Biceps Tendon Tear

Biceps tendon anatomy

Biceps tendon anatomy

The biceps is a muscle along the front of your upper arm that runs from your shoulder to the radius bone in your forearm.  It is important for flexing the elbow and “supinating” the forearm (turning the palm towards the ceiling).

The biceps tendon can tear or rupture from its distal insertion (into the radius) when lifting a heavy object.  While sometimes it may be due to underlying weakening of the tendon, or tendinitis, it often tears without any prior warning or symptoms.



Patients oftentimes report a “pop” or “tearing” sensation in the front of their elbow associated with pain.  There is frequently bruising along the front and inside of the elbow and arm.  If the tendon retracts up the arm after tearing, there may be asymmetry between the two arms as one biceps muscle belly sits higher up the arm – the so-called “Popeye deformity”.  Biceps tendons are usually palpable, but this is no longer the case after a tear.  Other symptoms include pain and weakness when flexing the elbow or supinating (“rotating”) the forearm.  An MRI will show the injury, but is not always necessary to make the diagnosis.


A completely torn biceps tendon cannot repair itself over time.  Elbow flexion strength may be acceptable after a tear because there are other muscles still present that bend the elbow.  However, when the end of the biceps tendon is no longer attached to bone, patients oftentimes have loss of endurance, fatigue during elbow flexion, and may experience cramping or discomfort when bending the elbow.  Weakness with rotation (supination) tends to persist.  While surgery is not absolutely required, it is oftentimes recommended.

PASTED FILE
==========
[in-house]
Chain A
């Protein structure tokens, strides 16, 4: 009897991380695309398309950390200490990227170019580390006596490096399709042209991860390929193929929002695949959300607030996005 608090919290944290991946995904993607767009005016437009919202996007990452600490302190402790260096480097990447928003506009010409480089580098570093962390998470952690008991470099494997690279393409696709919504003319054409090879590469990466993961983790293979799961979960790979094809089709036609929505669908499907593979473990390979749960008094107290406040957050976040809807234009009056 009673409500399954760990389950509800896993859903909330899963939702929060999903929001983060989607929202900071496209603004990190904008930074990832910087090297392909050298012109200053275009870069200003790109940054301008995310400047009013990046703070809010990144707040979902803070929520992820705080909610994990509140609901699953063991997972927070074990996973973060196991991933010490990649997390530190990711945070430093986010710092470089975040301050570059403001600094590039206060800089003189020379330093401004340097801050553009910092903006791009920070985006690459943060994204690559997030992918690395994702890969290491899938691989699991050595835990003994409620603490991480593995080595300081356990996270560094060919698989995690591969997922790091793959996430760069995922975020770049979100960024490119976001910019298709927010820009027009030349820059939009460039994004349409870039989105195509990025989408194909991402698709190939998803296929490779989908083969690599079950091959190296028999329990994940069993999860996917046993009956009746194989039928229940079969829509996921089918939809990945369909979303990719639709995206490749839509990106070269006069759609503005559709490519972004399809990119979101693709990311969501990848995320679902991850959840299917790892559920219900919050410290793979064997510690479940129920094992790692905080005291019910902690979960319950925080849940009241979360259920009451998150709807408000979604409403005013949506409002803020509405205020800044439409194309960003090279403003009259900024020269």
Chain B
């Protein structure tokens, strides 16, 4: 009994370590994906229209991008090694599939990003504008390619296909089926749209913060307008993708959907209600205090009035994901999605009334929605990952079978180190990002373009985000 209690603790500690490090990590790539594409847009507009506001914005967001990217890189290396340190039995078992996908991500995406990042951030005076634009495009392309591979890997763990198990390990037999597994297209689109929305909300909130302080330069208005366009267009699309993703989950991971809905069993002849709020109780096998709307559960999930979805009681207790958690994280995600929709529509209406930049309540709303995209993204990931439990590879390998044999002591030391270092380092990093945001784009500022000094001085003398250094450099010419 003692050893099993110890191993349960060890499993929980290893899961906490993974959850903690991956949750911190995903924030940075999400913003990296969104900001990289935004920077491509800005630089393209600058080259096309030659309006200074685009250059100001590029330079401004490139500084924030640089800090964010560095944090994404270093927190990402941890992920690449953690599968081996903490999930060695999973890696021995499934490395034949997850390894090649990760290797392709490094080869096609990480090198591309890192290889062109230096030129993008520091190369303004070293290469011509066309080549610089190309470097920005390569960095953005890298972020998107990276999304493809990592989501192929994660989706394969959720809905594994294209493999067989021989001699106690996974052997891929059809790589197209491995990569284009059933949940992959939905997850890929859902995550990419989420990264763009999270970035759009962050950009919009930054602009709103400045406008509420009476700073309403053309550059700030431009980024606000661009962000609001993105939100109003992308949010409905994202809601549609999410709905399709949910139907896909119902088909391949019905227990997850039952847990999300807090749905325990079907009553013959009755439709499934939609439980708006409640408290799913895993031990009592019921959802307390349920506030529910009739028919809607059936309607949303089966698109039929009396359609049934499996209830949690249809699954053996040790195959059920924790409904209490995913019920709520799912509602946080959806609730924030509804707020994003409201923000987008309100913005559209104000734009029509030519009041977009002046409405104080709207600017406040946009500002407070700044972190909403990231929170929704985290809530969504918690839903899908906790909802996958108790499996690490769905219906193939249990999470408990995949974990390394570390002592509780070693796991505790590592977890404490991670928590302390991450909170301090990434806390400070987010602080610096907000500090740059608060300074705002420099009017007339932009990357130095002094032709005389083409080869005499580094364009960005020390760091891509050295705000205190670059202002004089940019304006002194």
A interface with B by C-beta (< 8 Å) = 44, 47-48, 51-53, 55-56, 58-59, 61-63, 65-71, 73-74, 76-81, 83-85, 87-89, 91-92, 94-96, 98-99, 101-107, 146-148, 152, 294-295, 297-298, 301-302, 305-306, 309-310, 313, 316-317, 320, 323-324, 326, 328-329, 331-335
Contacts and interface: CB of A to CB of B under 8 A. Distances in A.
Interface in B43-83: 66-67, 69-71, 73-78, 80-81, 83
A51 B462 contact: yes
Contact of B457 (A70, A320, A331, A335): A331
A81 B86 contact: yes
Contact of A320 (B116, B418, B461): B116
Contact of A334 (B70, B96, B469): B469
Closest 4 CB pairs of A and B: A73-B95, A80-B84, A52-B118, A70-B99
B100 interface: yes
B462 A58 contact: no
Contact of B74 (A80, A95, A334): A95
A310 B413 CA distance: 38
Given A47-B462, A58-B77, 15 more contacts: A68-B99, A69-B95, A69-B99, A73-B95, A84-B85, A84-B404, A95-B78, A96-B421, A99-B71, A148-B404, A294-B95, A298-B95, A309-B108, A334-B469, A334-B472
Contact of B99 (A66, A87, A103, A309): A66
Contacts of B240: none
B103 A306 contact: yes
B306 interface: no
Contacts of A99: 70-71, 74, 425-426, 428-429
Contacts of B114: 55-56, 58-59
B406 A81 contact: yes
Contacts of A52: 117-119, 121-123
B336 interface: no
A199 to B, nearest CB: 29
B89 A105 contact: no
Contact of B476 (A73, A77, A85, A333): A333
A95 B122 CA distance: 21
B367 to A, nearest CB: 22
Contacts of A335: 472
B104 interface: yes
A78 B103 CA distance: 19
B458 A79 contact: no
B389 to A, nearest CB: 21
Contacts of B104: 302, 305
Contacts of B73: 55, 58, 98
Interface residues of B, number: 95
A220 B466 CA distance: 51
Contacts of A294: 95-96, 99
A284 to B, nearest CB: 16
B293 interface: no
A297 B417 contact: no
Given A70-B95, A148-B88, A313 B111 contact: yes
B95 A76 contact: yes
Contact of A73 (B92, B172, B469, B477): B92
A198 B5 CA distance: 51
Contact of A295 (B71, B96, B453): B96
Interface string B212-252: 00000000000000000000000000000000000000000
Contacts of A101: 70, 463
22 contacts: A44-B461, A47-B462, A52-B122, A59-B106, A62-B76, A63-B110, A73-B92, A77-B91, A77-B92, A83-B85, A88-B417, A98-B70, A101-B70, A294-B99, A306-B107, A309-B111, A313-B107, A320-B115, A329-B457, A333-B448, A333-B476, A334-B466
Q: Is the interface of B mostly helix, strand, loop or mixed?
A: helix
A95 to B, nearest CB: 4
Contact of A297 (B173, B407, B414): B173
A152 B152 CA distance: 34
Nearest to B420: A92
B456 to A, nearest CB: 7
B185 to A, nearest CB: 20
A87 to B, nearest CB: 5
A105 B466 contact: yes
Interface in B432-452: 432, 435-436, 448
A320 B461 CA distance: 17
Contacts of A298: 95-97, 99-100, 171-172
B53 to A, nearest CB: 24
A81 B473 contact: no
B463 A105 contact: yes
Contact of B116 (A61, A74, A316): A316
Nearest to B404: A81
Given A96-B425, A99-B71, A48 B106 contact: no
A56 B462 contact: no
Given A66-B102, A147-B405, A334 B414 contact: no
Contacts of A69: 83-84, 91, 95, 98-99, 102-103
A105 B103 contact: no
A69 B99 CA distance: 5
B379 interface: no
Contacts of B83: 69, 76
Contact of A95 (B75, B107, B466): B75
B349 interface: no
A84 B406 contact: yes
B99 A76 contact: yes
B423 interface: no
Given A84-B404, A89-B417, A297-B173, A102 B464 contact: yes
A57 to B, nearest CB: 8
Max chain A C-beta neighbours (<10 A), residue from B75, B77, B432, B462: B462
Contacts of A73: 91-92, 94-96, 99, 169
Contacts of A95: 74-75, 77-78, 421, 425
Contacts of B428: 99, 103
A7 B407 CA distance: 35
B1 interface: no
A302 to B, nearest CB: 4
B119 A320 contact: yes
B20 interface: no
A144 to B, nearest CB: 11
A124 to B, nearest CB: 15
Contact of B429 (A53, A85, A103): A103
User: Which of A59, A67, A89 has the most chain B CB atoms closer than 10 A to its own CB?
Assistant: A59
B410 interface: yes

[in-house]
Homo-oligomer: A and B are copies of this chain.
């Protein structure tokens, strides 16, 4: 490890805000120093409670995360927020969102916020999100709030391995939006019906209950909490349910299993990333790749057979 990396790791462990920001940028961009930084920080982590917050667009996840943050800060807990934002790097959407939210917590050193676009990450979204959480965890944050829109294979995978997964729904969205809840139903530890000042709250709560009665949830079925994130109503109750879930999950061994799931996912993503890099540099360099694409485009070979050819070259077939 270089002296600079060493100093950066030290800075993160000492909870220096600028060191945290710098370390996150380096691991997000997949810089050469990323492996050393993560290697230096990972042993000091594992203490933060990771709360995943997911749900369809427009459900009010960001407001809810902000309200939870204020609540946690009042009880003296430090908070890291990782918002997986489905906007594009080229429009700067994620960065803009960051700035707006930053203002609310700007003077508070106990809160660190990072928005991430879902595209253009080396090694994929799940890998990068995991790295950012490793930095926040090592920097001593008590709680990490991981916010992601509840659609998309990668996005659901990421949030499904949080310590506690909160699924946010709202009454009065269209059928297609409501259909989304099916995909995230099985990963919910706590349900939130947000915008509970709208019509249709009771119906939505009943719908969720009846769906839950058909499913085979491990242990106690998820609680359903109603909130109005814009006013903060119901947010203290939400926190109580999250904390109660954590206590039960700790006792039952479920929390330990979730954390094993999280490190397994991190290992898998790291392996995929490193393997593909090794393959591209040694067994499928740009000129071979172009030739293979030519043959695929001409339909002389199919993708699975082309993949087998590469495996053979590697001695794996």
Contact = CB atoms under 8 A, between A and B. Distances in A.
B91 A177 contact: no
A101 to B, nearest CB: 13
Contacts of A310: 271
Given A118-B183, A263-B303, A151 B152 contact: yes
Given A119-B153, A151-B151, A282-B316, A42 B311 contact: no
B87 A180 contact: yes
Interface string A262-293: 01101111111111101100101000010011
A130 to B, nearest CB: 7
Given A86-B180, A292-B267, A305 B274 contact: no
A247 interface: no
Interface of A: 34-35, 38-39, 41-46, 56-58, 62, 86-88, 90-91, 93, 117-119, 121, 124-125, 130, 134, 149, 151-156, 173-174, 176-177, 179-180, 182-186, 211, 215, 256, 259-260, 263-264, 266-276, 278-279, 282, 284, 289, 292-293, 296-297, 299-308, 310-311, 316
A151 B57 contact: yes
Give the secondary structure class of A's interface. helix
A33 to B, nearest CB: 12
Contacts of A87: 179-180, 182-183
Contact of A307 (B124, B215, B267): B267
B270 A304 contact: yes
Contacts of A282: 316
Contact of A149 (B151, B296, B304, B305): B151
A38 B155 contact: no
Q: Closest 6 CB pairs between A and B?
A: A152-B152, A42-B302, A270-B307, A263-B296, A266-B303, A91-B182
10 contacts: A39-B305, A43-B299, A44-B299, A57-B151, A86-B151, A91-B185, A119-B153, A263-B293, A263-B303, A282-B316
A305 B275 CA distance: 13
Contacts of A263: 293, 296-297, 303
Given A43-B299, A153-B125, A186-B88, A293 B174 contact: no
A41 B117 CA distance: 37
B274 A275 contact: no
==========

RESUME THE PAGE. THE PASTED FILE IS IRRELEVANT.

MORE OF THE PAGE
If surgery is to be done, it should be done soon following the injury.  If too much time has passed, a direct repair of the tendon back to the bone may no longer be possible.

Schematic of biceps tendon repaired back to bone with suture and screw. Image from Arthrex.

  • After surgical repair, rehabilitation may vary slightly from case to case.  Typically, a patient is in a non-removable splint that holds the elbow bent at 90 degrees for the first 2 weeks after surgery. 

  • After ~2 weeks, elbow motion exercises are initiated. At this point, a removable elbow splint is used when sleeping and for activities.  While the elbow can be used between weeks 2 and 6, a common recommendation is to lift nothing heavier than a cup of coffee. 

  • At 6 weeks after the surgery, strengthening is usually initiated. The goal is full activities 3-4 months after surgery.

Dr. Schreiber is a board certified orthopedic surgeon specializing in hand, wrist, and elbow conditions. Dr. Schreiber practices at the Raleigh Orthopaedic Clinic in Raleigh, North Carolina.